Sunday, August 30, 2015

Ubik (1966)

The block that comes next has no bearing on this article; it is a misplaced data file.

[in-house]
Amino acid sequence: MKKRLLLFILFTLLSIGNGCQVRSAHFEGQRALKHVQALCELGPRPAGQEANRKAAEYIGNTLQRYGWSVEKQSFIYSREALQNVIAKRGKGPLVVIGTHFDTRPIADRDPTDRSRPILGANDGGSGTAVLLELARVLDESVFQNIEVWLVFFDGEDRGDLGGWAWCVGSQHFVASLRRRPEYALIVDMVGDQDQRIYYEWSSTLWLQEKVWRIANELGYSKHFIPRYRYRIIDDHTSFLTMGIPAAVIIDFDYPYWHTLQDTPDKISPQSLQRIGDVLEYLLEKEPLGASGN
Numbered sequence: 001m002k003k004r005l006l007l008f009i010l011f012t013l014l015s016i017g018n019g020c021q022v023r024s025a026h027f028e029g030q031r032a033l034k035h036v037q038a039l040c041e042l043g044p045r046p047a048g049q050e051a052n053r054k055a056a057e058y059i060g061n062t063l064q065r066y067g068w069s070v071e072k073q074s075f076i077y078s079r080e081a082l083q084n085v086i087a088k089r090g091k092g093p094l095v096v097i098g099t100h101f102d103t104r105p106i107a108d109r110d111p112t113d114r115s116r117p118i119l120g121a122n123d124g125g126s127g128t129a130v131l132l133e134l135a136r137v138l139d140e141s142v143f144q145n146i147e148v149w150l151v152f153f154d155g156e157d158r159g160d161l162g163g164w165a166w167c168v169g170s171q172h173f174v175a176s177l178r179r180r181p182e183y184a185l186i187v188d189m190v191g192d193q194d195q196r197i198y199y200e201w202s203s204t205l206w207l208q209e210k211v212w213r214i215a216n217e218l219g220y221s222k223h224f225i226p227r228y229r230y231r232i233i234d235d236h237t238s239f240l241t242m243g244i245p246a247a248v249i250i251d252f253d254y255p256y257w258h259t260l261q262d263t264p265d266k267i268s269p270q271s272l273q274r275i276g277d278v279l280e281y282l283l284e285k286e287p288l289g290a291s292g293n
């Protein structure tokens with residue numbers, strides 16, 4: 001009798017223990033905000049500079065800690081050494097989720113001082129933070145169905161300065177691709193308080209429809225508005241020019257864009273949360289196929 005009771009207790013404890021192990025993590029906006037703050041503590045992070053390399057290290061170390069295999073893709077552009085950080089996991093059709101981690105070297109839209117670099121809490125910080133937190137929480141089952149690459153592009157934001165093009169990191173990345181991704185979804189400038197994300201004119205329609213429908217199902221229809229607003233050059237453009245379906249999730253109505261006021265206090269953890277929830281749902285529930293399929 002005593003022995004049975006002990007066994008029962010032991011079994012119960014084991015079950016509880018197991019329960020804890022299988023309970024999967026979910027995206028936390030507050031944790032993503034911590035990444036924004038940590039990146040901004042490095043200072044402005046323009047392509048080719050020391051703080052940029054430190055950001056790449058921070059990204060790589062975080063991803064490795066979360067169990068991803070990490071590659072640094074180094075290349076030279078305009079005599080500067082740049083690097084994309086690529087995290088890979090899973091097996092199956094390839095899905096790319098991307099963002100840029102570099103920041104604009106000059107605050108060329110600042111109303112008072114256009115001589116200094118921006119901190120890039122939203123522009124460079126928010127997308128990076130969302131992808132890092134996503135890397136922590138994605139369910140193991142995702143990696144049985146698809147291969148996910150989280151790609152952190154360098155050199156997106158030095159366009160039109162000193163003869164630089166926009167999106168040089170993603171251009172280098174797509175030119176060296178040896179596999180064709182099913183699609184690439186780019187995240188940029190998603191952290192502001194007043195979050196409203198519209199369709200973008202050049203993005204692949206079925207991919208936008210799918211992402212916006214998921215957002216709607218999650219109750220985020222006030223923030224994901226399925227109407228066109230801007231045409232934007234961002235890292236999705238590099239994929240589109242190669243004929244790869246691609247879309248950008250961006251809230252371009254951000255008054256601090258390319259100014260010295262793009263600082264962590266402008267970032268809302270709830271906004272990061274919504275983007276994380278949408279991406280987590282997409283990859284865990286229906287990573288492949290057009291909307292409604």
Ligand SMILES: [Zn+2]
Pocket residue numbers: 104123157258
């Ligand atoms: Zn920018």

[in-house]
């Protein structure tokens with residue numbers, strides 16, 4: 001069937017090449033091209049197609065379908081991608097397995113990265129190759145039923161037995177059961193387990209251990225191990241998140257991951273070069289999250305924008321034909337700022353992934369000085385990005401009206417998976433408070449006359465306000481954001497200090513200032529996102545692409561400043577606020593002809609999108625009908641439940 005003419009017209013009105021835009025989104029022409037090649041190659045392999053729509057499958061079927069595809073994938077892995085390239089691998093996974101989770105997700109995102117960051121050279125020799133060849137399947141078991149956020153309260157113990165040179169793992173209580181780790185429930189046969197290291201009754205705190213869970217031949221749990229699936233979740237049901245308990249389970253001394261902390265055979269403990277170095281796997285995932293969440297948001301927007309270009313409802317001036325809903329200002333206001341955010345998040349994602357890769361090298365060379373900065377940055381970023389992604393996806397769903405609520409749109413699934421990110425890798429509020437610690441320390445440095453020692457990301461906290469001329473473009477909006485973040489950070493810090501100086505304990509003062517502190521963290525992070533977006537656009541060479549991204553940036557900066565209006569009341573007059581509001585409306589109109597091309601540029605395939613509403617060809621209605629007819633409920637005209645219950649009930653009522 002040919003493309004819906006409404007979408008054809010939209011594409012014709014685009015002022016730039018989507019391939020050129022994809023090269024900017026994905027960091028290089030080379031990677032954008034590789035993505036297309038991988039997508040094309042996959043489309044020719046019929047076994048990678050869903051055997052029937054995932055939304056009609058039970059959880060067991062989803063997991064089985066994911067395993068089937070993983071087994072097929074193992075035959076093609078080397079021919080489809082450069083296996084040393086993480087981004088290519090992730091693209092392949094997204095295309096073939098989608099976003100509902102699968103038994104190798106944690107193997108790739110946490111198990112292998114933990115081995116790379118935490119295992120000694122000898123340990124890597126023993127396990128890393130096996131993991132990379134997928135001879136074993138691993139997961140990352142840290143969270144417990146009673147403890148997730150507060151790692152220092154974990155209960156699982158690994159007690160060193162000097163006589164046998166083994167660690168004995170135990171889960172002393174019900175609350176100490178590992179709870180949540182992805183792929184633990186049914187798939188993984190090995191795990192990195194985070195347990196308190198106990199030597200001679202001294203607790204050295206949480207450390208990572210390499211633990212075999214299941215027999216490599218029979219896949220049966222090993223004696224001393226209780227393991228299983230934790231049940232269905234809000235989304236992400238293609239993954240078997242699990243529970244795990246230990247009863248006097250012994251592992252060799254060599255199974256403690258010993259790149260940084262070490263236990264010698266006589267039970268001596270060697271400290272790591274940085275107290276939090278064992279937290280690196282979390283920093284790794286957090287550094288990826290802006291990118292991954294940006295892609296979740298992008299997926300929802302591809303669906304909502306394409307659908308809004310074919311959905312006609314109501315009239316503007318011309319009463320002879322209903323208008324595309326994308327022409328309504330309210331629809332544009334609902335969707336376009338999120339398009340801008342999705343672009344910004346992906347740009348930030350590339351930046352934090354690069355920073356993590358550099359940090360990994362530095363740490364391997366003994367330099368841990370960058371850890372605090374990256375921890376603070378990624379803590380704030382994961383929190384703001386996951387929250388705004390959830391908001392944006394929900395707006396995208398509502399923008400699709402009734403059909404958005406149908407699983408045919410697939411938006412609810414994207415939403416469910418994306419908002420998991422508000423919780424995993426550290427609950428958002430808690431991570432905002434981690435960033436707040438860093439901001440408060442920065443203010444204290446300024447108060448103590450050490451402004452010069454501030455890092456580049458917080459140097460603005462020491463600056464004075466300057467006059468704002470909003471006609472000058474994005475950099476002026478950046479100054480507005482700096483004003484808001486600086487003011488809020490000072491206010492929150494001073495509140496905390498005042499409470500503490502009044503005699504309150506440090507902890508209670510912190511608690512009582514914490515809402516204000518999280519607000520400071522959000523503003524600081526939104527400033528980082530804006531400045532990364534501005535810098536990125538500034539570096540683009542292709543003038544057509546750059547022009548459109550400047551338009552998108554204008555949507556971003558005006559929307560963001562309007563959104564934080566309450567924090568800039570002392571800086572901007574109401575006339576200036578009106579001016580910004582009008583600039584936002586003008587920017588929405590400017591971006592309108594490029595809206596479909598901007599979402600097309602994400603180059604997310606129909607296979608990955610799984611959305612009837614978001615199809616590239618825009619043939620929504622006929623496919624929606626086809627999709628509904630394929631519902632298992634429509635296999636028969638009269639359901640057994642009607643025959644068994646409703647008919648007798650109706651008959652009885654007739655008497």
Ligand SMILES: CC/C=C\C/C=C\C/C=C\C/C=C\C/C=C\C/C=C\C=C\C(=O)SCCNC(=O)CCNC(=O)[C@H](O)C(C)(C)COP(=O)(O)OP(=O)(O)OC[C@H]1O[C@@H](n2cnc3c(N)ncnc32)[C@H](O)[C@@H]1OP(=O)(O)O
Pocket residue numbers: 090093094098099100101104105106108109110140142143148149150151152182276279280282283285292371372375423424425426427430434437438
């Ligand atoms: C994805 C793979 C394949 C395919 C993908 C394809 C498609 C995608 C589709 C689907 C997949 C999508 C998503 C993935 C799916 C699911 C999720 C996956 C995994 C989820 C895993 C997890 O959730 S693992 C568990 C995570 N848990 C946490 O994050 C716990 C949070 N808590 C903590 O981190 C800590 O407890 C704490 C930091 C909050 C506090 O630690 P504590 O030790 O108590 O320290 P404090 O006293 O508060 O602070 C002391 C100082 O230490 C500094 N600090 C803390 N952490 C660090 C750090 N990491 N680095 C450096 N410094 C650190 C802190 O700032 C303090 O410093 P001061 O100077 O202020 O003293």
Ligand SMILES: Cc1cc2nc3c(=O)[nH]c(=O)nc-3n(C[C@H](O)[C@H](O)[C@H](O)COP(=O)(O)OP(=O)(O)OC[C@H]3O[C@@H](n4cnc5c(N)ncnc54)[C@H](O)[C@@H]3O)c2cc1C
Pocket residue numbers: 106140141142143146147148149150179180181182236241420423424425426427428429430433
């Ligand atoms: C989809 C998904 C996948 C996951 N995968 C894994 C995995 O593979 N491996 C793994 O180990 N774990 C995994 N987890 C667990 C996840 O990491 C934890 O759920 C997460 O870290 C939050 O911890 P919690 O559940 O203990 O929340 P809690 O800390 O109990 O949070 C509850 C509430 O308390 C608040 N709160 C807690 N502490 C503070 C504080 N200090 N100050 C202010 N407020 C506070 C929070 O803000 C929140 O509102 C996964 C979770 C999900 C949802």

Ubik is difficult to summarize inasmuch as it is a maze contraption built out of tentative interdependencies of conceits, concepts, and metaphors. Pronounced "YOU-bick" because it derives from the word "ubiquitous," here is the first problem. What is Ubik? I don't know. It appears to be a manufactured product. In the world of Ubik, corporations are everything and corporatism is a way of life. That vision is as deeply embedded into the proceedings as any. So Ubik is a product—it is a miracle product—literally a miracle product. It is 1992 (the book was written in 1966, published in 1969) and society appears to be organized along two axes: corporations which fight for control of markets (in everything, including an afterlife of specific tiny proportions) and a spectrum of human psychic capability. At one end of this spectrum are mind readers, future seers, spoon benders, and such. At the other are "inertials," who obstruct the psychic abilities of others. Inertials are organized into "prudence" corporate entities—a flavor of insurance company with a pronounced security component, analogous to the Pinkertons of another era. In Ubik, people are generally paranoid about the advantages enjoyed by psychics, reacting with fear and hostility. Inertials can help to control that. This is at the macro level. Down on the human scale, as always, people in Dick novels are just trying to get along, make a living, live their lives, and stay out of trouble. Which is not easy when one is hectored all the time by marketers. Not only phones but refrigerators and even doors are coin-operated in this world. There's definitely a noticeable and strange kind of religiosity beginning to enter into Dick's writing here, with the afterlife hedged a bit as fading electric discharges from carefully preserved brains. In fact, in the end the novel appears to be a story exactly about that afterlife, though it's not information to which the characters, much less the reader, are particularly privy. So really weird things happen here—I mean really weird—such as at one point the entire time frame itself pulls up stakes and begins to lurch and lumber uncertainly into the past. Calculations about travel require consideration for the expected level of technology upon arrival, such as for example whether the internal combustion engine will be available for use. Really weird and really well done. I'm tempted to turn around right now and go through it again.